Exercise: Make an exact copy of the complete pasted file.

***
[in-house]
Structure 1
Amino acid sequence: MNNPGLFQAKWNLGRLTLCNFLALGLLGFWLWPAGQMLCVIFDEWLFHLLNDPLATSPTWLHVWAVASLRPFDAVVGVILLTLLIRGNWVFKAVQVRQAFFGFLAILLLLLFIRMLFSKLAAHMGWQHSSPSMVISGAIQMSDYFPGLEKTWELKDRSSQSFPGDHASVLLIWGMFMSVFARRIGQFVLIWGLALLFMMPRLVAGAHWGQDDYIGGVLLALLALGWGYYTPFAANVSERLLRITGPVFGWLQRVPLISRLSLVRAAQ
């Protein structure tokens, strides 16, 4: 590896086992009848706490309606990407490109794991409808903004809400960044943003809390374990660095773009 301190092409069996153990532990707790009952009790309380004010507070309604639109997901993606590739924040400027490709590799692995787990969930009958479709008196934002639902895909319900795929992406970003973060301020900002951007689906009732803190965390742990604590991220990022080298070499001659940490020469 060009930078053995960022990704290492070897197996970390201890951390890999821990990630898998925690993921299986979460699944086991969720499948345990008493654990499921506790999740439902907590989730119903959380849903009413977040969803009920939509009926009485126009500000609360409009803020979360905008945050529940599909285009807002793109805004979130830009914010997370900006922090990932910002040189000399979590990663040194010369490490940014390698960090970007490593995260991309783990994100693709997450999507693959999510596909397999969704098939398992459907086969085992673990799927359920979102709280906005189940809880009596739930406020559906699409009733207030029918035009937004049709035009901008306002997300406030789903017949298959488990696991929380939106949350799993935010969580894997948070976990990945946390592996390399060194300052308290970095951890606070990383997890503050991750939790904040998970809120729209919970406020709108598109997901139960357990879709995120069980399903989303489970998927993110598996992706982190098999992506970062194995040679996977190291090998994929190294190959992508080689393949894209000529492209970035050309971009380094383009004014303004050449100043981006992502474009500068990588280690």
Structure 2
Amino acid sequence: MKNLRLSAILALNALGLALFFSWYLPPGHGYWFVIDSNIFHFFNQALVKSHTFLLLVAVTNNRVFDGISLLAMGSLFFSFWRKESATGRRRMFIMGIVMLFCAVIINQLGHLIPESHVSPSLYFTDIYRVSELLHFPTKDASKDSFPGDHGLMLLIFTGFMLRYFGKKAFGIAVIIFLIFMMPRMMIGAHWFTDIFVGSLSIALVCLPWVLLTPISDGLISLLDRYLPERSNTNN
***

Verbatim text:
[in-house]
Structure 1
Amino acid sequence: MNNPGLFQAKWNLGRLTLCNFLALGLLGFWLWPAGQMLCVIFDEWLFHLLNDPLATSPTWLHVWAVASLRPFDAVVGVILLTLLIRGNWVFKAVQVRQAFFGFLAILLLLLFIRMLFSKLAAHMGWQHSSPSMVISGAIQMSDYFPGLEKTWELKDRSSQSFPGDHASVLLIWGMFMSVFARRIGQFVLIWGLALLFMMPRLVAGAHWGQDDYIGGVLLALLALGWGYYTPFAANVSERLLRITGPVFGWLQRVPLISRLSLVRAAQ
């Protein structure tokens, strides 16, 4: 590896086992009848706490309606990407490109794991409808903004809400960044943003809390374990660095773009 301190092409069996153990532990707790009952009790309380004010507070309604639109997901993606590739924040400027490709590799692995787990969930009958479709008196934002639902895909319900795929992406970003973060301020900002951007689906009732803190965390742990604590991220990022080298070499001659940490020469 060009930078053995960022990704290492070897197996970390201890951390890999821990990630898998925690993921299986979460699944086991969720499948345990008493654990499921506790999740439902907590989730119903959380849903009413977040969803009920939509009926009485126009500000609360409009803020979360905008945050529940599909285009807002793109805004979130830009914010997370900006922090990932910002040189000399979590990663040194010369490490940014390698960090970007490593995260991309783990994100693709997450999507693959999510596909397999969704098939398992459907086969085992673990799927359920979102709280906005189940809880009596739930406020559906699409009733207030029918035009937004049709035009901008306002997300406030789903017949298959488990696991929380939106949350799993935010969580894997948070976990990945946390592996390399060194300052308290970095951890606070990383997890503050991750939790904040998970809120729209919970406020709108598109997901139960357990879709995120069980399903989303489970998927993110598996992706982190098999992506970062194995040679996977190291090998994929190294190959992508080689393949894209000529492209970035050309971009380094383009004014303004050449100043981006992502474009500068990588280690």
Structure 2
Amino acid sequence: MKNLRLSAILALNALGLALFFSWYLPPGHGYWFVIDSNIFHFFNQALVKSHTFLLLVAVTNNRVFDGISLLAMGSLFFSFWRKESATGRRRMFIMGIVMLFCAVIINQLGHLIPESHVSPSLYFTDIYRVSELLHFPTKDASKDSFPGDHGLMLLIFTGFMLRYFGKKAFGIAVIIFLIFMMPRMMIGAHWFTDIFVGSLSIALVCLPWVLLTPISDGLISLLDRYLPERSNTNN